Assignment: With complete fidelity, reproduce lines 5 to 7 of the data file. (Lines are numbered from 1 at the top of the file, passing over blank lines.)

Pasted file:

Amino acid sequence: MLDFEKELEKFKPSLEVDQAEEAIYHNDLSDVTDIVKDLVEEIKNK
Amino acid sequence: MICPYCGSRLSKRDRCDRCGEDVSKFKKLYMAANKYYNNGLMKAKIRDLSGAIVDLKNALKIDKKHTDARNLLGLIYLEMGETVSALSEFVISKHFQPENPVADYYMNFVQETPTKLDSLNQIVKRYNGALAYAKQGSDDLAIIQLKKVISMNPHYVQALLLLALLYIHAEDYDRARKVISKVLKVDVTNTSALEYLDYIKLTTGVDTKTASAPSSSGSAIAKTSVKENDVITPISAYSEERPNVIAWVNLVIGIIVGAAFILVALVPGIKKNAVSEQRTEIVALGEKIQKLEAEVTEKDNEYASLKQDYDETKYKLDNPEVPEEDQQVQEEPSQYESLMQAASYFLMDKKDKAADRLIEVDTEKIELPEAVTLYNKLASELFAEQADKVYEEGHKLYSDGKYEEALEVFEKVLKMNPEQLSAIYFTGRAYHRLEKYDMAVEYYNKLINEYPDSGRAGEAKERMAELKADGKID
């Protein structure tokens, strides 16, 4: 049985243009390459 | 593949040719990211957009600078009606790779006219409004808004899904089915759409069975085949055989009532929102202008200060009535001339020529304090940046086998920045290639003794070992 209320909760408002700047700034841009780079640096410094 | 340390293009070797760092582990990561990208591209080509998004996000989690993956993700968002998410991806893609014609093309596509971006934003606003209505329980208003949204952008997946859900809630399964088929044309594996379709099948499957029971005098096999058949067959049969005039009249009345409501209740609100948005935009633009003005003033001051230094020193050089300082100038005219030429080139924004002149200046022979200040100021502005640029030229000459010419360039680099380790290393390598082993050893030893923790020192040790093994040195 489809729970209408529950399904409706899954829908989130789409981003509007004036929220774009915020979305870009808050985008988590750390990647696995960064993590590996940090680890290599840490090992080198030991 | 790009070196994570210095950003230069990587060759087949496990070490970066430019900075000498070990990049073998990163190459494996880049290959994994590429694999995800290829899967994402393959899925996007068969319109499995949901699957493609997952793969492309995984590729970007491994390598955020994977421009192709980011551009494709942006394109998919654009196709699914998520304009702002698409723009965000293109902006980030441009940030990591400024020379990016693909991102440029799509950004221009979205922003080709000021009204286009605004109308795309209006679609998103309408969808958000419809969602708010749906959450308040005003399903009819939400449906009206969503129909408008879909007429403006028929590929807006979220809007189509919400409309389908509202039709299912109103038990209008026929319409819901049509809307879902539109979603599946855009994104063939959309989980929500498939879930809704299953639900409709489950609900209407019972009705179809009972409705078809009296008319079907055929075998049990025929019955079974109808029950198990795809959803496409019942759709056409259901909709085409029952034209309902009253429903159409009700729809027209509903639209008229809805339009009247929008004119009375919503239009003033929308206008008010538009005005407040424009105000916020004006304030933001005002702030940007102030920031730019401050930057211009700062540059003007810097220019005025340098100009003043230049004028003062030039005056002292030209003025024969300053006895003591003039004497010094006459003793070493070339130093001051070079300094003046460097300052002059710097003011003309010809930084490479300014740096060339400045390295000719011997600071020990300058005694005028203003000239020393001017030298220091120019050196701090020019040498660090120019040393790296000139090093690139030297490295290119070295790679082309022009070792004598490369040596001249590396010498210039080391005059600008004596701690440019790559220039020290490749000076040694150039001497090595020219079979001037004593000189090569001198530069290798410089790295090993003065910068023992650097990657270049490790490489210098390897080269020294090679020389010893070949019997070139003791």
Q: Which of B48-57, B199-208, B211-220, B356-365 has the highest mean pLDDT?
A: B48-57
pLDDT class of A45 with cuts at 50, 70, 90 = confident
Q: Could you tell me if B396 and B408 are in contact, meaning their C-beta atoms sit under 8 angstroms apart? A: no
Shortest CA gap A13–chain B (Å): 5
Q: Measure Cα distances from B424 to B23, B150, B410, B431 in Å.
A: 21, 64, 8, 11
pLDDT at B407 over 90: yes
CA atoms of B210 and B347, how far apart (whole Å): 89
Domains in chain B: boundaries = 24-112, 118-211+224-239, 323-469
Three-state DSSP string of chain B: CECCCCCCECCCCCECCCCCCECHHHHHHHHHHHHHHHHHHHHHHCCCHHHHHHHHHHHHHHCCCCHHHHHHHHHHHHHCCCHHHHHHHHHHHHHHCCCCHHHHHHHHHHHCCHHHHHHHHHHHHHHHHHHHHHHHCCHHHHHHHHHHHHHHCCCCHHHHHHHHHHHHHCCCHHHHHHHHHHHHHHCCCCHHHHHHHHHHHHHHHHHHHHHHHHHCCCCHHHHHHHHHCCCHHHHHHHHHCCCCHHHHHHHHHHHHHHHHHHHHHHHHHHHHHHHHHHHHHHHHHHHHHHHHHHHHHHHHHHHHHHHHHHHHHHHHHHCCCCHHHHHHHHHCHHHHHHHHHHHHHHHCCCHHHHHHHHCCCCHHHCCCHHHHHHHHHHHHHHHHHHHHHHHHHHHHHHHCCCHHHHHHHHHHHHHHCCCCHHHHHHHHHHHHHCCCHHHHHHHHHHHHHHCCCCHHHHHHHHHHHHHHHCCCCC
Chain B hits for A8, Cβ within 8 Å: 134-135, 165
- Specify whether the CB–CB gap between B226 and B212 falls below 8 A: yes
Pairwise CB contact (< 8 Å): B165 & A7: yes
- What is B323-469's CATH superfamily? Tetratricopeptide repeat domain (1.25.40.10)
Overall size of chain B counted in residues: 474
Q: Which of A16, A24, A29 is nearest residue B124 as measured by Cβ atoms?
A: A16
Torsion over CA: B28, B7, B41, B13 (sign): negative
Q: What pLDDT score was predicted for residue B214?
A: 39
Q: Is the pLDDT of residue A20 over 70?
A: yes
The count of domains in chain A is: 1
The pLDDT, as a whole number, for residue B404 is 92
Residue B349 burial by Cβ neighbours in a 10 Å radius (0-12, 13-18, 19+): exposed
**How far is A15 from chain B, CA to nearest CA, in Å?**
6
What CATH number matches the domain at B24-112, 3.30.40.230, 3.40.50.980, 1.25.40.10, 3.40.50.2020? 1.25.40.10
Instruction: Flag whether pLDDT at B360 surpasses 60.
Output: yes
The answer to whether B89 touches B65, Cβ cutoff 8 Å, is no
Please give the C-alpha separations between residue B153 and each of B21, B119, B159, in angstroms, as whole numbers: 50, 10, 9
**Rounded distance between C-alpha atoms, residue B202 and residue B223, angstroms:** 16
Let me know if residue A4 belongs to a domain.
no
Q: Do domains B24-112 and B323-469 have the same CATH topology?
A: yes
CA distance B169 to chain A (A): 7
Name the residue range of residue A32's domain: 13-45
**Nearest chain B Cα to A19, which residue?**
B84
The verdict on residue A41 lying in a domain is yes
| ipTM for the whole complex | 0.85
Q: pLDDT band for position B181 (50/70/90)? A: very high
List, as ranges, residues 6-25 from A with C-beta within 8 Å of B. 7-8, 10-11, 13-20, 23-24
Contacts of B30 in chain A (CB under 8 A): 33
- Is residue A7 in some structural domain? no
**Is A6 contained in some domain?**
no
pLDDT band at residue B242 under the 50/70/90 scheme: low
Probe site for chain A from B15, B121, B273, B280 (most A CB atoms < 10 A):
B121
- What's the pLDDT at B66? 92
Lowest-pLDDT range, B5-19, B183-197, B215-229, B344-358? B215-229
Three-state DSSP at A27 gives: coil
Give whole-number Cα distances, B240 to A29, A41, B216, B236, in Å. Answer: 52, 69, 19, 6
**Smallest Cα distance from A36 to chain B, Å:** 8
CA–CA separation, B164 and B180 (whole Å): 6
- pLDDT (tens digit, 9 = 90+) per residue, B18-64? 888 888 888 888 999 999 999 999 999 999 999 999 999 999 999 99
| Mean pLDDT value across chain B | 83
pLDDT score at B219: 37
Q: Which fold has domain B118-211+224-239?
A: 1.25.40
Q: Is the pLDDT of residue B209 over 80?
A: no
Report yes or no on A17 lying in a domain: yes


A: B48-57
pLDDT class of A45 with cuts at 50, 70, 90 = confident
Q: Could you tell me if B396 and B408 are in contact, meaning their C-beta atoms sit under 8 angstroms apart? A: no